Definition for COLD

COLD, a. [Sax. cald; G. kalt; D. koud, contracted; Goth. calds; Basque, galda; Sw. kall; Dan. kold; and the noun, kulde. The latter seems to be connected with kul, a coal, and kuler, to blow strong. But the connection may be casual. In Swedish, kyla signifies to cool, and to burn; thus connecting cool, cold, with the L. caleo, to be hot. Both cold and heat may be from rushing, raging, and this word may be from the same root as gale. If not, cool would seem to be allied to L. gelo.]

  1. Not warm or hot; gelid; frigid; a relative term. A substance is cold to the touch when it is less warm than the body, and when in contact, the heat of the body passes from the body to the substance; as, cold air; a cold stone; cold water. It denotes a greater degree of the quality than cool. [See the noun.]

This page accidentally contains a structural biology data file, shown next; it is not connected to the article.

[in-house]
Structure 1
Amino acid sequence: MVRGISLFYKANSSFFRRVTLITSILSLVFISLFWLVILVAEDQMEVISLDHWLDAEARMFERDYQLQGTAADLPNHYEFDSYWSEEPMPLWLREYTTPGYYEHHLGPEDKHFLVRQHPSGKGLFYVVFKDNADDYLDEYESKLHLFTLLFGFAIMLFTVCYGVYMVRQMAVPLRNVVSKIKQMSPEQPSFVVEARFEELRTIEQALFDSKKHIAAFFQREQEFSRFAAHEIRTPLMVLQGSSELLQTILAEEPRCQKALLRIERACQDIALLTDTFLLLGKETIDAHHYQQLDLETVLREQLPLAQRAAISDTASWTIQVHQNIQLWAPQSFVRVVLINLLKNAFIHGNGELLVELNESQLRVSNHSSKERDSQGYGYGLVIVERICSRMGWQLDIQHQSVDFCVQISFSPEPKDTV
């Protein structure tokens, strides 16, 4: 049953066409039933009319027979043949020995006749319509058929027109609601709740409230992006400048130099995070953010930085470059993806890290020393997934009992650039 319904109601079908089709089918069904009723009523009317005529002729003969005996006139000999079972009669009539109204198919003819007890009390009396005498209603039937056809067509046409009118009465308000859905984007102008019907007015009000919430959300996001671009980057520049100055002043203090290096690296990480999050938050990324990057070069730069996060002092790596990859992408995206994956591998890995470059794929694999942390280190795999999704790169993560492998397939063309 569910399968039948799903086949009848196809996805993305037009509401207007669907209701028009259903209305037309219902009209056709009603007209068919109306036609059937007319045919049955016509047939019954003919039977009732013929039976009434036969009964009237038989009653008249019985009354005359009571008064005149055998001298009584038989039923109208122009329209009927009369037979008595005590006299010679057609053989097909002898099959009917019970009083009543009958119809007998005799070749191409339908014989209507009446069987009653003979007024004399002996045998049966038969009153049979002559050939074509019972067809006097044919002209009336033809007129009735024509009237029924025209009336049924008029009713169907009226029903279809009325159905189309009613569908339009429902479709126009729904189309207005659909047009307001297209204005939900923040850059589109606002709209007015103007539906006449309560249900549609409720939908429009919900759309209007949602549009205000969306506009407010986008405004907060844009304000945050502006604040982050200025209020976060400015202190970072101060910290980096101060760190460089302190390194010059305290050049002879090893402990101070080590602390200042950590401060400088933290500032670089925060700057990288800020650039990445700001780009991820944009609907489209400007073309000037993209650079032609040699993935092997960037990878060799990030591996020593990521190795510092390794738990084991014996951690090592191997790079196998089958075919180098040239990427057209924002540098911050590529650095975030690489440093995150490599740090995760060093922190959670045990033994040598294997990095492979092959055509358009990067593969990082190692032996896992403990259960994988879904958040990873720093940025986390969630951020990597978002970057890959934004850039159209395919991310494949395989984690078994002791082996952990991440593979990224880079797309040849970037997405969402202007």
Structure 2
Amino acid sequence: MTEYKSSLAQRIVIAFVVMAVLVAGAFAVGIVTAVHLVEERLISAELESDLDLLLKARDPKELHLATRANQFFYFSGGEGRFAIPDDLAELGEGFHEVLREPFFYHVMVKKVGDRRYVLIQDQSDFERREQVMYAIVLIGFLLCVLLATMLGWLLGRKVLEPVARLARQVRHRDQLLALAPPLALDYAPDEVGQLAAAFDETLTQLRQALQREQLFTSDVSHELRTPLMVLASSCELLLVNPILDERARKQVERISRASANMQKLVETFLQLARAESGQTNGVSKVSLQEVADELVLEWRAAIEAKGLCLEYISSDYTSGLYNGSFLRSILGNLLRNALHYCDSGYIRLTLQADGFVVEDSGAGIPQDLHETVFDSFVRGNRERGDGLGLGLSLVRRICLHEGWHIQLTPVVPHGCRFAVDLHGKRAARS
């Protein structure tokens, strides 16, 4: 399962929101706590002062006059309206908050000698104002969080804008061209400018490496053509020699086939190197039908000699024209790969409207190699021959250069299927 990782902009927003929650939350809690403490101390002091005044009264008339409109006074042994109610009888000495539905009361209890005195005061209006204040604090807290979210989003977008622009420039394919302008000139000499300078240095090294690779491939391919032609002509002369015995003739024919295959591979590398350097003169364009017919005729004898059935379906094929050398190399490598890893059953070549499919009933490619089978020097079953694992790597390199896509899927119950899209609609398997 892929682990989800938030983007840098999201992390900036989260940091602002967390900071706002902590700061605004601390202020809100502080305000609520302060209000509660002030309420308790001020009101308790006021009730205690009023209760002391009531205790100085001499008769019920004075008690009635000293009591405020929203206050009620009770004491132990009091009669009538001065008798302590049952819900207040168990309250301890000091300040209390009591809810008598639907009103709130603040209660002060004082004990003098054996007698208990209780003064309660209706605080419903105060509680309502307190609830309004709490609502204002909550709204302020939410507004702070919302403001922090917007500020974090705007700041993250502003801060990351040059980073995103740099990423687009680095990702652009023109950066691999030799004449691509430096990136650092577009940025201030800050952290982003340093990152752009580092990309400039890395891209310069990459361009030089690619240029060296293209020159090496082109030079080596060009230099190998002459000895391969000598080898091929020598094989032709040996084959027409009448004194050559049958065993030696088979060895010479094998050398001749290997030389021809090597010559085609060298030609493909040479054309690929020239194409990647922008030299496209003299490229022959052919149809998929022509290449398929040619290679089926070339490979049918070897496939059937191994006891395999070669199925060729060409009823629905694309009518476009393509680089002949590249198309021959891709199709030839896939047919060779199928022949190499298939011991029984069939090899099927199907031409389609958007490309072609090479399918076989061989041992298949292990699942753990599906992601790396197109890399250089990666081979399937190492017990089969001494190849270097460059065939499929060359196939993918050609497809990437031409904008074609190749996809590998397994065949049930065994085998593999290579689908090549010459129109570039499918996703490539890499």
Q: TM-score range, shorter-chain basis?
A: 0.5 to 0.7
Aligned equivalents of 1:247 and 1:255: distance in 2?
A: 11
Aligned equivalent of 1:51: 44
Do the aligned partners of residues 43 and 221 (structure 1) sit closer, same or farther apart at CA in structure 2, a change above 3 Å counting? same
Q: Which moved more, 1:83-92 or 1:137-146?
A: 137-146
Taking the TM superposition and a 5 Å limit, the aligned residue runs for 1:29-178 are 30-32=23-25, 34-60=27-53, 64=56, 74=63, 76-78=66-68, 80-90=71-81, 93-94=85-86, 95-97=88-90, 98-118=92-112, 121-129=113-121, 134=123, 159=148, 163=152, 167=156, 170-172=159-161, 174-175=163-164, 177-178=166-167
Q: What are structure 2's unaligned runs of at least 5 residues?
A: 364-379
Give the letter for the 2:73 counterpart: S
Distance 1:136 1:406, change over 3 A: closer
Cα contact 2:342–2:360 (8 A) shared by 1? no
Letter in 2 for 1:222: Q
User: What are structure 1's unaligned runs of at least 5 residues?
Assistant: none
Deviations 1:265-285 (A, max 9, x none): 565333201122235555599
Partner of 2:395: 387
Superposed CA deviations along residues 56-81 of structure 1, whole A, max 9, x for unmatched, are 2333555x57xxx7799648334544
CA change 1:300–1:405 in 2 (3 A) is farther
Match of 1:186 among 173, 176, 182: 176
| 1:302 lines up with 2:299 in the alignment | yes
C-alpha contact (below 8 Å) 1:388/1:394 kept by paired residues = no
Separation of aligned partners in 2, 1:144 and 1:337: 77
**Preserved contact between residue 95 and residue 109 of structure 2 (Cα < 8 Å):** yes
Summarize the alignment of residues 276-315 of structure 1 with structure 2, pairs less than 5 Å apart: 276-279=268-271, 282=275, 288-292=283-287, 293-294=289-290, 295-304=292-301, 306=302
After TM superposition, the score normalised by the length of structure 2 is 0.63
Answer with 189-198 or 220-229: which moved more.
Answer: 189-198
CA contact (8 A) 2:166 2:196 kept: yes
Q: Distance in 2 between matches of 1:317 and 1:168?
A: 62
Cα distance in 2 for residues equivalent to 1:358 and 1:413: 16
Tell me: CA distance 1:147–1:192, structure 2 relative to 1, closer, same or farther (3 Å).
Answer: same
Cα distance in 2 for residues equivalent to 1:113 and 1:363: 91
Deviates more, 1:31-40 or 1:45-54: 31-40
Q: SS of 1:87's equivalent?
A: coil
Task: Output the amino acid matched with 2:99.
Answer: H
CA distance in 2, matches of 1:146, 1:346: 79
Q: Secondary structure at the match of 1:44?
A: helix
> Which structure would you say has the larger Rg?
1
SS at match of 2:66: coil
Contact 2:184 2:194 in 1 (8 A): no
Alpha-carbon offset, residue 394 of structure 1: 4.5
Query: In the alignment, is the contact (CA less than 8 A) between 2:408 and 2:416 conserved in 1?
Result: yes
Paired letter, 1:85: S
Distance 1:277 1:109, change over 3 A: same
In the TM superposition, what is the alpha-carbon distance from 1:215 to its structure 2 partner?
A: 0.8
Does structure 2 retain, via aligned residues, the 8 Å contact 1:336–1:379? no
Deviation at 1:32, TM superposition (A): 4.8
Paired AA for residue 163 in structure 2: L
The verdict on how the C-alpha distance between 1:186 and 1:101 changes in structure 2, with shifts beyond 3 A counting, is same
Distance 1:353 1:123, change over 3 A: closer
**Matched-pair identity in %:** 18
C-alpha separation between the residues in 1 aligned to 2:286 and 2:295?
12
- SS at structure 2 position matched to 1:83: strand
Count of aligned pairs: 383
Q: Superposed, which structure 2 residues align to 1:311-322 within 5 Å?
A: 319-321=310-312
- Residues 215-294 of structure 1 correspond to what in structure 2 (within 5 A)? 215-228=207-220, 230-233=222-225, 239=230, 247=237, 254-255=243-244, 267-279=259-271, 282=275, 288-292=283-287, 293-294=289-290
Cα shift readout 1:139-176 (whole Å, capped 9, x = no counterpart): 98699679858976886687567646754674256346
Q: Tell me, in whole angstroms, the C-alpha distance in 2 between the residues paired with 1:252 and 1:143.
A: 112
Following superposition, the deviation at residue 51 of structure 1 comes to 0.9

2. Having the sensation of cold; chill; shivering, or inclined to shiver; as, I am cold.
  3. Having cold qualities; as, a cold plant. – Bacon.
  4. Frigid; wanting passion, zeal or ardor; indifferent; unconcerned; not animated, or easily excited into action; as, a cold spectator; a cold Christian; a cold lover, or friend; a cold temper. – Hooker. Addison. Thou art neither cold nor hot. – Rev. iii.
  5. Not moving; unaffecting; not animated; not able to excite feeling; spiritless; as, a cold discourse; a cold jest. – Addison.
  6. Reserved; coy; not affectionate, cordial or friendly; indicating indifference; as, a cold look; a cold return of civilities; a cold reception. – Clarendon.
  7. Not heated by sensual desire. – Shak.
  8. Not hasty; not violent. – Johnson.
  9. Not affecting the scent strongly. – Shak.
  10. Not having the scent strongly affected. – Shak.

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